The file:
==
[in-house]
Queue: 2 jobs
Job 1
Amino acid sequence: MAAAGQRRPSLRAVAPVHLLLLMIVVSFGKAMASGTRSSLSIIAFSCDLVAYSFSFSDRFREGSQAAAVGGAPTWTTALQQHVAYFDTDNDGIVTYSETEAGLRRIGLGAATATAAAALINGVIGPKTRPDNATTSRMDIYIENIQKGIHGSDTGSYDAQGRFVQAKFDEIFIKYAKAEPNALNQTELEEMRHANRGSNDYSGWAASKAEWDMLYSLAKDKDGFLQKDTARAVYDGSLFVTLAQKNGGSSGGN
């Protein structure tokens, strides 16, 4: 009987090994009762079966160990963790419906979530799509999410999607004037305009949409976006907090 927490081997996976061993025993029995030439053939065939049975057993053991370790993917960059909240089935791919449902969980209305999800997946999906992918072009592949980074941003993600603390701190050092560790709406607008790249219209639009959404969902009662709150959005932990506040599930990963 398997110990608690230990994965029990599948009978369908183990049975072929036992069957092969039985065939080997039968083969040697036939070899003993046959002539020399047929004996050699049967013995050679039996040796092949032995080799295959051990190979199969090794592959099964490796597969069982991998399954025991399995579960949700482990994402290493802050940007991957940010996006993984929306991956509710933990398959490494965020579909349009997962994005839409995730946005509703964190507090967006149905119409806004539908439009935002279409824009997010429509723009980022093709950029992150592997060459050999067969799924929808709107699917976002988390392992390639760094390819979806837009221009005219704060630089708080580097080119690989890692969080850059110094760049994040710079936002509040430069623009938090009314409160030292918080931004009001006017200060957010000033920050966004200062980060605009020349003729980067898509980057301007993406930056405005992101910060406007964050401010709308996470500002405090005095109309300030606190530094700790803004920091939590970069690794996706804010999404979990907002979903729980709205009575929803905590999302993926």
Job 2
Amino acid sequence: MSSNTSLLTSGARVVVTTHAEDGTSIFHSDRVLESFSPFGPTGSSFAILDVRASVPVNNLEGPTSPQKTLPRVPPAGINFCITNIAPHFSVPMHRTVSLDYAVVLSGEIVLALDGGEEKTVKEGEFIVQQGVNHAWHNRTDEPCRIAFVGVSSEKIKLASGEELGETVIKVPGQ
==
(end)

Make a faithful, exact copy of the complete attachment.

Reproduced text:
[in-house]
Queue: 2 jobs
Job 1
Amino acid sequence: MAAAGQRRPSLRAVAPVHLLLLMIVVSFGKAMASGTRSSLSIIAFSCDLVAYSFSFSDRFREGSQAAAVGGAPTWTTALQQHVAYFDTDNDGIVTYSETEAGLRRIGLGAATATAAAALINGVIGPKTRPDNATTSRMDIYIENIQKGIHGSDTGSYDAQGRFVQAKFDEIFIKYAKAEPNALNQTELEEMRHANRGSNDYSGWAASKAEWDMLYSLAKDKDGFLQKDTARAVYDGSLFVTLAQKNGGSSGGN
């Protein structure tokens, strides 16, 4: 009987090994009762079966160990963790419906979530799509999410999607004037305009949409976006907090 927490081997996976061993025993029995030439053939065939049975057993053991370790993917960059909240089935791919449902969980209305999800997946999906992918072009592949980074941003993600603390701190050092560790709406607008790249219209639009959404969902009662709150959005932990506040599930990963 398997110990608690230990994965029990599948009978369908183990049975072929036992069957092969039985065939080997039968083969040697036939070899003993046959002539020399047929004996050699049967013995050679039996040796092949032995080799295959051990190979199969090794592959099964490796597969069982991998399954025991399995579960949700482990994402290493802050940007991957940010996006993984929306991956509710933990398959490494965020579909349009997962994005839409995730946005509703964190507090967006149905119409806004539908439009935002279409824009997010429509723009980022093709950029992150592997060459050999067969799924929808709107699917976002988390392992390639760094390819979806837009221009005219704060630089708080580097080119690989890692969080850059110094760049994040710079936002509040430069623009938090009314409160030292918080931004009001006017200060957010000033920050966004200062980060605009020349003729980067898509980057301007993406930056405005992101910060406007964050401010709308996470500002405090005095109309300030606190530094700790803004920091939590970069690794996706804010999404979990907002979903729980709205009575929803905590999302993926």
Job 2
Amino acid sequence: MSSNTSLLTSGARVVVTTHAEDGTSIFHSDRVLESFSPFGPTGSSFAILDVRASVPVNNLEGPTSPQKTLPRVPPAGINFCITNIAPHFSVPMHRTVSLDYAVVLSGEIVLALDGGEEKTVKEGEFIVQQGVNHAWHNRTDEPCRIAFVGVSSEKIKLASGEELGETVIKVPGQ